On Dec. 27, 2016, students from the William Jewell College Pryor Leadership Development Program departed for a 13-day experience with Outward Bound in the Everglades of Florida. With them were three Jewell alumni and the Director of Student Activities, Sara Bailey. While the stories of students who have gone through this experience are well-known, Bailey provides an adult perspective of this “life-changing” trip.
Hilltop Monitor: Why did you go on Outward Bound?
Sara Bailey: I’ve worked at Jewell for 10 years. It was the right timing, a good opportunity to get to know students better and since part of my title is “Leadership Development,” going on Outward Bound to experience it and find out what [Pryor students] go through was helpful.
HM: How exactly does Outward Bound grow a person’s leadership skills?
SB: It’s interesting because you actually learn a lot more about co-leading than you do on leading. You learn and grow as an individual leader but there’s also the opportunity to learn how to lead with your peers. So throughout the course of the time, we would have people who navigated and then we had different people who filled different roles. Like, we had someone called “The Voice on the Water,” which was the person who kept everyone together and made sure we had enough water. Everyone had to find different roles and then within those roles, had to take on leadership.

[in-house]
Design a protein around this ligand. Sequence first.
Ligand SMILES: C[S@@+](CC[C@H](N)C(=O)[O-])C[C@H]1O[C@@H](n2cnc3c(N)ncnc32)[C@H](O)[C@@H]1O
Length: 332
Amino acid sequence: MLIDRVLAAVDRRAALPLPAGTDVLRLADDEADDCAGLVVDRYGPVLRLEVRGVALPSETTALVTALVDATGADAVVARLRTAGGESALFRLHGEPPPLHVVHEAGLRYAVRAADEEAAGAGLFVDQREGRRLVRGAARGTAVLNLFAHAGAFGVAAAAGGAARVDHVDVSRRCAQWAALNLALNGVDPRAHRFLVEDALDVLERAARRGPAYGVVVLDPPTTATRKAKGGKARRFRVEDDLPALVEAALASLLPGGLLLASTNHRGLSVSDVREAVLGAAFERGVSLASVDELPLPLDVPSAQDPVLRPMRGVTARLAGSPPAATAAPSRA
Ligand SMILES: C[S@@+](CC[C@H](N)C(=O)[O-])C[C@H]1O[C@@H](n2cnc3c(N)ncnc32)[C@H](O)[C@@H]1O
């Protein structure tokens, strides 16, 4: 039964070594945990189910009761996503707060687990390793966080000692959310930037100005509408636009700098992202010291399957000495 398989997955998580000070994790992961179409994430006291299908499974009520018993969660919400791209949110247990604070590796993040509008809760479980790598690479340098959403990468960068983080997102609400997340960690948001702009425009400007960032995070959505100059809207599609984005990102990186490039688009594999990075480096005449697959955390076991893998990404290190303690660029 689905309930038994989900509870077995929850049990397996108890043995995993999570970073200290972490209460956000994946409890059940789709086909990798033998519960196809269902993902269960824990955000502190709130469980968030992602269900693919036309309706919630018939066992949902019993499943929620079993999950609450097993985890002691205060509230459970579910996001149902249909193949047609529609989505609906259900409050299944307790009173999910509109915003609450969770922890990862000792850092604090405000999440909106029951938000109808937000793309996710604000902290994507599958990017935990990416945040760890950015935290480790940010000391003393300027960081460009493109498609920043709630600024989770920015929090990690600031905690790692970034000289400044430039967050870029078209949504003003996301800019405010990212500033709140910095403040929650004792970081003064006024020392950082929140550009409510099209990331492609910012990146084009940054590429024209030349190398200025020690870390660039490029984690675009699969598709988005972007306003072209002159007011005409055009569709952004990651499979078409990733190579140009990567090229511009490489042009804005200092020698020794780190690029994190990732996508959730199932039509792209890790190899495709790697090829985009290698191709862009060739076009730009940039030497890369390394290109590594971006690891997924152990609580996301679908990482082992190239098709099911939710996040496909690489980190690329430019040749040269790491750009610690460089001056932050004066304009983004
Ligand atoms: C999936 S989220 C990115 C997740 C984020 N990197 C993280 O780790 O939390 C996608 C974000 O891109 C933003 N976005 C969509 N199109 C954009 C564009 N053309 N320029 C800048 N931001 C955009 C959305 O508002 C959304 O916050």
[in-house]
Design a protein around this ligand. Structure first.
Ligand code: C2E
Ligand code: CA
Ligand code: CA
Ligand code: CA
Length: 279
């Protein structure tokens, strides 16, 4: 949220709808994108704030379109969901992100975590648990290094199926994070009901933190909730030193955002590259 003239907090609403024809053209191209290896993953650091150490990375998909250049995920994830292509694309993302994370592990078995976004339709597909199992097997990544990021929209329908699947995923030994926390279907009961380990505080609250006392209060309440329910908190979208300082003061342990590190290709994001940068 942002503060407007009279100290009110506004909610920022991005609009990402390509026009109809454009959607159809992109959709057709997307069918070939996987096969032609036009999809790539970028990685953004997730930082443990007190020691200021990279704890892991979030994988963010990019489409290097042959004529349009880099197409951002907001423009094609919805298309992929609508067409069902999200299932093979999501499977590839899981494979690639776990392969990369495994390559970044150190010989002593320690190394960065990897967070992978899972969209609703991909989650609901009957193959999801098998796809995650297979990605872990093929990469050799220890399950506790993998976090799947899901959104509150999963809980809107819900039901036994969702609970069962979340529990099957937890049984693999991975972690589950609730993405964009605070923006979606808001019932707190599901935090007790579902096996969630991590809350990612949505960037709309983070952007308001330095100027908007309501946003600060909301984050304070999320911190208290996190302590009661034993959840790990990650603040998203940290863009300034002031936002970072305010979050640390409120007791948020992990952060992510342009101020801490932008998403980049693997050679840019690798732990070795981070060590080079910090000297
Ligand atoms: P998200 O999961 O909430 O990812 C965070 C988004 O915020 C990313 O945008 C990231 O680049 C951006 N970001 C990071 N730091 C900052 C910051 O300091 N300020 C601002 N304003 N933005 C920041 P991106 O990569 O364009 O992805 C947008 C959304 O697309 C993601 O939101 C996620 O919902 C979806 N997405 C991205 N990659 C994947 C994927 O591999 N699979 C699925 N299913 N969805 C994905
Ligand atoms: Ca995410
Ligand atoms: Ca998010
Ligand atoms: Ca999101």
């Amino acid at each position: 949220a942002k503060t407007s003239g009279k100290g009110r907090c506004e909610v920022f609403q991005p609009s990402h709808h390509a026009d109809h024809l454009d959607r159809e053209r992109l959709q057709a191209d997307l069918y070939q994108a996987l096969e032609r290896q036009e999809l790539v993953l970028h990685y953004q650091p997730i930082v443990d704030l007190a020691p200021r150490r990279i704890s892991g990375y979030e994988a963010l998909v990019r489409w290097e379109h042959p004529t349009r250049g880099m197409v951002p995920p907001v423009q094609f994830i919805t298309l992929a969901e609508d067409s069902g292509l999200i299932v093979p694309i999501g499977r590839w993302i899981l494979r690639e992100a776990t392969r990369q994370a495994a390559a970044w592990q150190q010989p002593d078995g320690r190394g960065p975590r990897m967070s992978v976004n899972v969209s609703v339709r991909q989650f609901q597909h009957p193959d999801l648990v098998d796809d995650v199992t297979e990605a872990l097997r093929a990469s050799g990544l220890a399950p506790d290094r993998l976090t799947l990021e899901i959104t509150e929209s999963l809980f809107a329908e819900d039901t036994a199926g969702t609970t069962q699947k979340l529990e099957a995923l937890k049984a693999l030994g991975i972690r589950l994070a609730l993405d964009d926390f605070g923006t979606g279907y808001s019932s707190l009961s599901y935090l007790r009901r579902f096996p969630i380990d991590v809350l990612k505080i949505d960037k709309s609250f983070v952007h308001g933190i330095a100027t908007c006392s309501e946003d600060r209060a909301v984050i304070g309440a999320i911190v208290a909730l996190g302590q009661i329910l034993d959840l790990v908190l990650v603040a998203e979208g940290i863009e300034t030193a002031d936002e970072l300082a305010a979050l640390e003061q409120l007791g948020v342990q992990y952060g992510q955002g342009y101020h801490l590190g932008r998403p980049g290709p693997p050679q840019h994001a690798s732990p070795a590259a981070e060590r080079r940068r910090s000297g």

HM: What was the hardest part of the trip for you?
SB: I did a lot of camping when I was growing up and I’ve been on a lot of mission trips, so the physical dynamics weren’t too much of a stretch for me. So I think one of the most challenging things for me was the fact that I was kind of in limbo. I wasn’t an Outward Bound instructor and I wasn’t full-on part of the team, so my role a lot of the time, like during our final where our guides don’t tell us where we’re supposed to be going, was to basically be quiet. So even if I knew we were going off-course, I couldn’t say anything. I was in that limbo-land where I’m supposed to be doing what the instructors are doing and at the same time, part of the team, but not to the point of adding to it. One of the biggest challenges was turning off leading in some situations so that it wasn’t just me leading the group but it was them co-leading each other. I was choosing to step back and not lead so that the students could get the full experience. Also, I had tons of bug bites.
HM: Did you feel like you could really be a part of your crew even though you were an authority figure to most of them?
SB: That was one of those things that was kind of neat because everybody knew of my role at Jewell so there were moments when they suddenly remembered, “Oh, there’s an administrator here!” but at the same time it was also like, we’re literally all in this boat together. So now I see everybody that was in my crew (shout out to Stealth Toast) around campus and it’s like, “Hey! How ya doing?” You really do get to know everyone when you’re like, this is the trenches and this is outside of my
HM: How do you think you experienced the trip differently from the college students?